"Just in Time" (Jules Styne, Betty Comden, Adolph Green)
"Lush Life" (Billy Strayhorn)
"Siboney" (Ernesto Lecuona)
Grady Tate, John DiMartino
"Don't Misunderstand" (Gordon Parks)
"I Never Told You"
"Tonk!" (Ray Bryant)
Marian McPartland, Karrin Allyson
"Twilight World" (Marian McPartland, Johnny Mercer)
Joanne Brackeen, Taylor Eigsti
"Giant Steps" (John Coltrane)
"The Healers" (Randy Weston)
This week's program features the third and final set from the Piano Jazz 30th-anniversary celebration at Dizzy's Club Coca-Cola at Jazz at Lincoln Center, held April 14, 2009. Your host is Charles Osgood, longtime CBS newsman and host of CBS Sunday Morning since 1994.
When Piano Jazz began in 1979, Marian McPartland's guests were primarily piano players, and the prominence of the piano led to a distinctive feature of the show: the two-piano duet. In a fitting opening to this third set from the 30th-anniversary concert, pianists Bill Charlap and Renee Rosnes, who were married at Dizzy's Club Coca-Cola, come together for a bouncing duet in "Just in Time."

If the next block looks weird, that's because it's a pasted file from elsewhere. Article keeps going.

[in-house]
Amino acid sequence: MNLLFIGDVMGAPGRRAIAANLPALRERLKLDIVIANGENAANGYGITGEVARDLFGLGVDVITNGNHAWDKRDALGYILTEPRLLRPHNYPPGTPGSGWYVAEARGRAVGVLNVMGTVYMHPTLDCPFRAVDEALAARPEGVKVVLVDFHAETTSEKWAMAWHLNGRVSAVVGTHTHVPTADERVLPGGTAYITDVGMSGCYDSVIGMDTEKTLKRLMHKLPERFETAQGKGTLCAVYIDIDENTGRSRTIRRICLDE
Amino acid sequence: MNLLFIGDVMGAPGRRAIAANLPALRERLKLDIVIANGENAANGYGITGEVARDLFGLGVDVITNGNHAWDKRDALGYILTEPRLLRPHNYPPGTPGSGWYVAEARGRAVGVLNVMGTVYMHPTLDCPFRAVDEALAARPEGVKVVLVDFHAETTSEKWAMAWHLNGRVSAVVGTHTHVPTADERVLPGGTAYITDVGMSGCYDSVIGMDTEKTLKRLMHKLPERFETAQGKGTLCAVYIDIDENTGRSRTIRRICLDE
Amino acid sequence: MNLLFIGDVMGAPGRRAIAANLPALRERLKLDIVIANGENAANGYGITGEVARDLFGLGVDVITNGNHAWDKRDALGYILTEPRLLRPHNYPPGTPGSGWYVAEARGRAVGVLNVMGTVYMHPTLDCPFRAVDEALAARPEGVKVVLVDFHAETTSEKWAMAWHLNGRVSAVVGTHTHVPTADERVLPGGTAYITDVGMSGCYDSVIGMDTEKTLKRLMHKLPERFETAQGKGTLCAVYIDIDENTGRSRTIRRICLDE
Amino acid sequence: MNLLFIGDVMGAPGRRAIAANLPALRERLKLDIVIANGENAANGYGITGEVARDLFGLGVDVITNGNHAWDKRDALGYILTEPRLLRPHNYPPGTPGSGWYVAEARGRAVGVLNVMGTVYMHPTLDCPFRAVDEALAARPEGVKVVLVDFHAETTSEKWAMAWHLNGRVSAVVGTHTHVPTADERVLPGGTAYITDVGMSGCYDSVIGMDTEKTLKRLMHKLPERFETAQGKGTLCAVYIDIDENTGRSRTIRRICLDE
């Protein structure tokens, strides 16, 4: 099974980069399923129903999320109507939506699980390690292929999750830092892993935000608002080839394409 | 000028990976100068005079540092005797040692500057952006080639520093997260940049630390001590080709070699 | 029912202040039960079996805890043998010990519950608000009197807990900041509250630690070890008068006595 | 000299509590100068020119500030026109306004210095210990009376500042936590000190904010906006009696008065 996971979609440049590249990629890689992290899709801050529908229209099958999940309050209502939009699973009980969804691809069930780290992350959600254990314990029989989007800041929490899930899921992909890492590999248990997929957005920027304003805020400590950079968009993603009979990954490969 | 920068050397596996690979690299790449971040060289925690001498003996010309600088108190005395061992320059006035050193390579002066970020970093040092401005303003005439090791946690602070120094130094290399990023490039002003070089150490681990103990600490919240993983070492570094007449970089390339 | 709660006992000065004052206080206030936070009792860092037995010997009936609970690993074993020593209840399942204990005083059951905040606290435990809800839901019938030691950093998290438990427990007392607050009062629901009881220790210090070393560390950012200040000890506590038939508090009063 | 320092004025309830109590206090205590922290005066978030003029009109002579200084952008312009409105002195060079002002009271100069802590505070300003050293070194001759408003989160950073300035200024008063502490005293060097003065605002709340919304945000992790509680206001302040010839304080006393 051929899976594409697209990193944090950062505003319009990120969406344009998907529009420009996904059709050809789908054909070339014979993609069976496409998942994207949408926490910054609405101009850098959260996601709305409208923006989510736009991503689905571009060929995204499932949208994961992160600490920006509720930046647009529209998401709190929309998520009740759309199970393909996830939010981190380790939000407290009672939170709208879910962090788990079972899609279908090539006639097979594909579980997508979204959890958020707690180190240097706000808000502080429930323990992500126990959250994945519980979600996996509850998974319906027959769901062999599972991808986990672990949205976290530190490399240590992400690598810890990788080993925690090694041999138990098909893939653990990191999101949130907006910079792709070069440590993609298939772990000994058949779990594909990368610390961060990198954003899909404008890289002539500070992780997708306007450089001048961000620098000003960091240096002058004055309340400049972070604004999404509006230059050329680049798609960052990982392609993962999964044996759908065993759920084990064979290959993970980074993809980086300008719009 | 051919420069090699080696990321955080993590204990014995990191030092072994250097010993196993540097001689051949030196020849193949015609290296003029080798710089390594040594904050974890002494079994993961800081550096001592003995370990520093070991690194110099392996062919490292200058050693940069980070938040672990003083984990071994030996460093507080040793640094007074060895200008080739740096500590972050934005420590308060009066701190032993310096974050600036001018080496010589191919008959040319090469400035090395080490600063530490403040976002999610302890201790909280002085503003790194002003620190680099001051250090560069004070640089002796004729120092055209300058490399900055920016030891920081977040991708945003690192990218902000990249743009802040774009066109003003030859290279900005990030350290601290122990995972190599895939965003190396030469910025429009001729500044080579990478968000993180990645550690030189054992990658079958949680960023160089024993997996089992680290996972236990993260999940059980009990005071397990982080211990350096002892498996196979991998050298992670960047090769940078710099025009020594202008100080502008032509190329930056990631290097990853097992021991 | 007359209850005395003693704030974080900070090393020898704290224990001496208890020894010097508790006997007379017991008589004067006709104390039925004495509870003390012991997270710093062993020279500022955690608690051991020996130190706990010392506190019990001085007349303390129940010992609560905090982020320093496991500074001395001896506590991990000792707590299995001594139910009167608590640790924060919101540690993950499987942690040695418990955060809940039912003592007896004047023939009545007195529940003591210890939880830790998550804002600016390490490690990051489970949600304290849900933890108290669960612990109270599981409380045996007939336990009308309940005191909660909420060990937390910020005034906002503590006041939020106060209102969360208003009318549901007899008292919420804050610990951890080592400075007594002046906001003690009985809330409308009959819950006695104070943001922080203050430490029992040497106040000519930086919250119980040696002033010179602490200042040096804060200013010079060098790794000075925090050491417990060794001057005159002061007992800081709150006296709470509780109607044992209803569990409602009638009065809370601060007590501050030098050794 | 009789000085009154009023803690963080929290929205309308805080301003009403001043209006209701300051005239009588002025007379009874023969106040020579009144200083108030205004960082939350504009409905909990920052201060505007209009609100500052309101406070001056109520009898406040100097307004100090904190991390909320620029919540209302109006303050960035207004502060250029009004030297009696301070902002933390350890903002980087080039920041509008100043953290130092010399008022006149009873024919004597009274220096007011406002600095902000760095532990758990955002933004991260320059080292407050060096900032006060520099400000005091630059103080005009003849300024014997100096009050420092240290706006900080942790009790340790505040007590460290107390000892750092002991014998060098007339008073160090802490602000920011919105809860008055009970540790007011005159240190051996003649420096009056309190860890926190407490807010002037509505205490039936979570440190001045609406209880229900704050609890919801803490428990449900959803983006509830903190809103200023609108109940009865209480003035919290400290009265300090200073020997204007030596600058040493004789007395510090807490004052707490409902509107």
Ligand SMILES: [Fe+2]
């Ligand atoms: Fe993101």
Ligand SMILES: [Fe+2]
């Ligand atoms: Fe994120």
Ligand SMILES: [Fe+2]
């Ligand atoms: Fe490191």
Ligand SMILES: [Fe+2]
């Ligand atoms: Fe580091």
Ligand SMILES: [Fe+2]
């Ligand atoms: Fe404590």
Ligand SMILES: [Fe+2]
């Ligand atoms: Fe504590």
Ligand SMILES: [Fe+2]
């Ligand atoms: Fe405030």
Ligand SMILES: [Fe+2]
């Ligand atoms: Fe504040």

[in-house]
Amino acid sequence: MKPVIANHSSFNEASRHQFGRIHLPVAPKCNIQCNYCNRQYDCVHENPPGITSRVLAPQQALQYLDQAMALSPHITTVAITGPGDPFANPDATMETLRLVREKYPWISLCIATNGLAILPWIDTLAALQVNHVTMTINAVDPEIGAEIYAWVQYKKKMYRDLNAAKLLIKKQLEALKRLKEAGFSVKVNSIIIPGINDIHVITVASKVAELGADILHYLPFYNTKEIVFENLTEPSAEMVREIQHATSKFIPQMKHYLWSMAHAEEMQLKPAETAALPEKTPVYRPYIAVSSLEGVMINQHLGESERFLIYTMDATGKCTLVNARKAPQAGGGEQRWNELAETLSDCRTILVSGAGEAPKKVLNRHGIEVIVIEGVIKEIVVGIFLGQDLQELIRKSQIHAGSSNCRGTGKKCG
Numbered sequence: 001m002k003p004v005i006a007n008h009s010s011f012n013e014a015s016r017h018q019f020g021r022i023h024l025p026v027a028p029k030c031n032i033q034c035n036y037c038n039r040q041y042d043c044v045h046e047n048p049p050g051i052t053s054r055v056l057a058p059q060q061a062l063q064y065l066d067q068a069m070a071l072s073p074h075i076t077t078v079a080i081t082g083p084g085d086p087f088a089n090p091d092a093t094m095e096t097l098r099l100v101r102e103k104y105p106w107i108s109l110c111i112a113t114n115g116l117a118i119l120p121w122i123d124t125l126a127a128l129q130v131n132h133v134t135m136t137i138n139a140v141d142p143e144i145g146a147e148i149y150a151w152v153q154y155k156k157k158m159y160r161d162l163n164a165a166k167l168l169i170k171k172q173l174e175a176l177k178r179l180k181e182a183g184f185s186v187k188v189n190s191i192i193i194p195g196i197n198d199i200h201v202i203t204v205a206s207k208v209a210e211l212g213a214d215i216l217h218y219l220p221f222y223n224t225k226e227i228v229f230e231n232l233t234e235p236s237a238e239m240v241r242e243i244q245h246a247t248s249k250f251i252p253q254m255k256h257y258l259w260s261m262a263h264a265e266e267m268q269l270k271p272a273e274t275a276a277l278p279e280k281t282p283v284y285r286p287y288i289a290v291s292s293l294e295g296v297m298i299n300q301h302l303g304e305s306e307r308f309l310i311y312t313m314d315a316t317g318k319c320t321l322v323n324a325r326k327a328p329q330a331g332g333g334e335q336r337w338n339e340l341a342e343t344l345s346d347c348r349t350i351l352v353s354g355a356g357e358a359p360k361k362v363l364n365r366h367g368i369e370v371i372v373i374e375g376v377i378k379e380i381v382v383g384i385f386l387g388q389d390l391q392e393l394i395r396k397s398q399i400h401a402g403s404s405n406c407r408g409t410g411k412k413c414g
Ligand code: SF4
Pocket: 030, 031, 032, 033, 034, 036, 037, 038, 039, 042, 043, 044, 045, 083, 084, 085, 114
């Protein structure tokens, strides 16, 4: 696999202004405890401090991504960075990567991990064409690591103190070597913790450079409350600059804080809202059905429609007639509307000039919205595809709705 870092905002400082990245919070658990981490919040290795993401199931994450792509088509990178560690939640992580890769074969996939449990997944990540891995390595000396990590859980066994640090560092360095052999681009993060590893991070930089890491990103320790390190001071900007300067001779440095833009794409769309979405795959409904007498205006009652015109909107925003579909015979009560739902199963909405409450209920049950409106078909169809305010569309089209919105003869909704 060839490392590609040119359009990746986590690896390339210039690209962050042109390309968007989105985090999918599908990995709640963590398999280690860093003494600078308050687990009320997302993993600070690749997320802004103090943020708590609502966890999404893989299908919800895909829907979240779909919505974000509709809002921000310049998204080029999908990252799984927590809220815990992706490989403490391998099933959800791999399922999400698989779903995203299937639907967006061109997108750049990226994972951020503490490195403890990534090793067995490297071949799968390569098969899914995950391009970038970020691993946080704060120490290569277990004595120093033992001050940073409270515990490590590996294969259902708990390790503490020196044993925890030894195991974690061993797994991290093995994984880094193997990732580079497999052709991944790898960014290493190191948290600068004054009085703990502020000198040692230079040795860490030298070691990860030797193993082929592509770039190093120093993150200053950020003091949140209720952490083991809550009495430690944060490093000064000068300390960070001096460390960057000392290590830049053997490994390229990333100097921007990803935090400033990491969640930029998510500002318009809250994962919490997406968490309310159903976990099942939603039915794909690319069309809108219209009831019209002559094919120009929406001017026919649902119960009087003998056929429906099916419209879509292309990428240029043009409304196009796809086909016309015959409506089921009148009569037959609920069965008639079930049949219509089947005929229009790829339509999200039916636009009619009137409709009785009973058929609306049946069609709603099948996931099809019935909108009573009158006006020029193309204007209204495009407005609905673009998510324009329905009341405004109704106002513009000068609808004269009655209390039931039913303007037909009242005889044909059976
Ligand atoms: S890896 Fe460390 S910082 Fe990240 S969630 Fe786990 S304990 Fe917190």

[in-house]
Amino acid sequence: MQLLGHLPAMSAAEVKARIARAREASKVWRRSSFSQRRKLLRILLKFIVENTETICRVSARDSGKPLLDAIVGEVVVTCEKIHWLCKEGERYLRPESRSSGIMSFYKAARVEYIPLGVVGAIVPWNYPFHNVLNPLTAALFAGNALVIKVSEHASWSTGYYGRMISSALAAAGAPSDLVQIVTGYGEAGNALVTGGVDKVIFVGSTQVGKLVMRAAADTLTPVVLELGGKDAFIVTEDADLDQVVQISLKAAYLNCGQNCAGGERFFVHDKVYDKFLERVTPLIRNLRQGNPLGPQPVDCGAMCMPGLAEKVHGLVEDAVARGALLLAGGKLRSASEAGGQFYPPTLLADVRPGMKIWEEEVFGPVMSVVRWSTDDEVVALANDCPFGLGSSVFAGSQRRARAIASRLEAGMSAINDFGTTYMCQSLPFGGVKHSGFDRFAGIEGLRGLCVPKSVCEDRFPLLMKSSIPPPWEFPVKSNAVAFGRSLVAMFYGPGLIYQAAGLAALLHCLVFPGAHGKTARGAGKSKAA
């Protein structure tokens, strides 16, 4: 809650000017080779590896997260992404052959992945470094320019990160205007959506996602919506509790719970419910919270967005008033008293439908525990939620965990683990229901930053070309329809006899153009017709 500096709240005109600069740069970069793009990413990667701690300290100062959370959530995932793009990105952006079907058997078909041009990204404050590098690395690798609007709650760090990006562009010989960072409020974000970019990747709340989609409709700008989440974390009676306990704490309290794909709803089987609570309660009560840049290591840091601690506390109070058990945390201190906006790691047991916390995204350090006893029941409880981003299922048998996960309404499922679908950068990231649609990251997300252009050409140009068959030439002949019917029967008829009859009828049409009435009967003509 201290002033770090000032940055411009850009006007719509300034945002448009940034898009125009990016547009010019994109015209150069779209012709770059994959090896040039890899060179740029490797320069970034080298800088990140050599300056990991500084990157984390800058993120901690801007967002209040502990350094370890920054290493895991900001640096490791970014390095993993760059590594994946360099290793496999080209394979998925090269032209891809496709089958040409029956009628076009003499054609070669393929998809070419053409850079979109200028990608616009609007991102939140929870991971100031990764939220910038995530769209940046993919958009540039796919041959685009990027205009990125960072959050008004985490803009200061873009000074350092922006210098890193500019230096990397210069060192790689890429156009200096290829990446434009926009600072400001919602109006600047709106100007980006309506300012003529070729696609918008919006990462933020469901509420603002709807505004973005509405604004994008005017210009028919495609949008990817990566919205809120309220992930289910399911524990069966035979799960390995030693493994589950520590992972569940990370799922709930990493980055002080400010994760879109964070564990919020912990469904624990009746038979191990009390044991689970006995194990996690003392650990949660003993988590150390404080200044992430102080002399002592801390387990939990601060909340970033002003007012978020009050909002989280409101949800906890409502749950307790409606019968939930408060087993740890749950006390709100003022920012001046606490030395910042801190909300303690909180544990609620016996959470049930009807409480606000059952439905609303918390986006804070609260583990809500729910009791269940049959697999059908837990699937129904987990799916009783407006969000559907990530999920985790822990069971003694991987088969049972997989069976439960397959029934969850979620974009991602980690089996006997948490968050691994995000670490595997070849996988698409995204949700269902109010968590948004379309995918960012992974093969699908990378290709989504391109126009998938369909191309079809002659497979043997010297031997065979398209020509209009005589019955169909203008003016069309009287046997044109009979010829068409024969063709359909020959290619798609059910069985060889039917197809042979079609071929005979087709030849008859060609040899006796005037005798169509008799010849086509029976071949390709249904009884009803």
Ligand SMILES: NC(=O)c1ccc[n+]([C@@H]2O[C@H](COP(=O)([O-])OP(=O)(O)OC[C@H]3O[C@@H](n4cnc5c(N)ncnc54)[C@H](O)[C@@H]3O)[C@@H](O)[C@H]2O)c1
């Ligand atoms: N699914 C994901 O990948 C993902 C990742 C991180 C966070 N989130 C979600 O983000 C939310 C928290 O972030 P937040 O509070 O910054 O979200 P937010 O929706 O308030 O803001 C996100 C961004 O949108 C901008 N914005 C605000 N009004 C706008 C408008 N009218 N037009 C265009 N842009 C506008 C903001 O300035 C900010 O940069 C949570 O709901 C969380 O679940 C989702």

Like McPartland, pianist Cedar Walton has also had a long and illustrious career in jazz. The one-time member of Art Blakey's Jazz Messengers plays his interpretation of "Lush Life," in which he invokes the complex moods of this familiar Billy Strayhorn standard.
Next, Arturo O'Farrill, director of the Jazz at Lincoln Center Afro-Latin Jazz Orchestra, brings dramatic Latin flavor to the stage with "Siboney" by the great Cuban composer Ernesto Lecuona. Grady Tate shares his memories of the multi-talented Gordon Parks before smoothly singing the Parks ballad "Don't Misunderstand," with piano accompaniment by John DiMartino. Dena DeRose sings and plays piano in a soulful, buttery rendition of "I Never Told You," followed by Cyrus Chestnut's celebratory performance of bass legend Ray Bryant's "Tonk."
McPartland then returns to the stage to play her own composition, "Twilight World," with vocalist Karrin Allyson singing lyrics penned by Johnny Mercer.
The concert closes with stunning performances of two contrasting works. The final duet of the evening comes from two pianists who first appeared on Piano Jazz almost 25 years apart: Joanne Brackeen and Taylor Eigsti perform together for the first time ever in John Coltrane's "Giant Steps." The duo opens this iconic tune with angular improvisations before heading into dense, driving interplay over Coltrane's unique harmonic progression.
Pianist Randy Weston ends the evening with his composition, "The Healers." He opens by playing a delicate theme which expands into the varied terrain of the piece — cerebral and visceral, stately and playful, brash and shimmering. It's a fine tribute to the many phases of McPartland's own lifetime at the keyboard.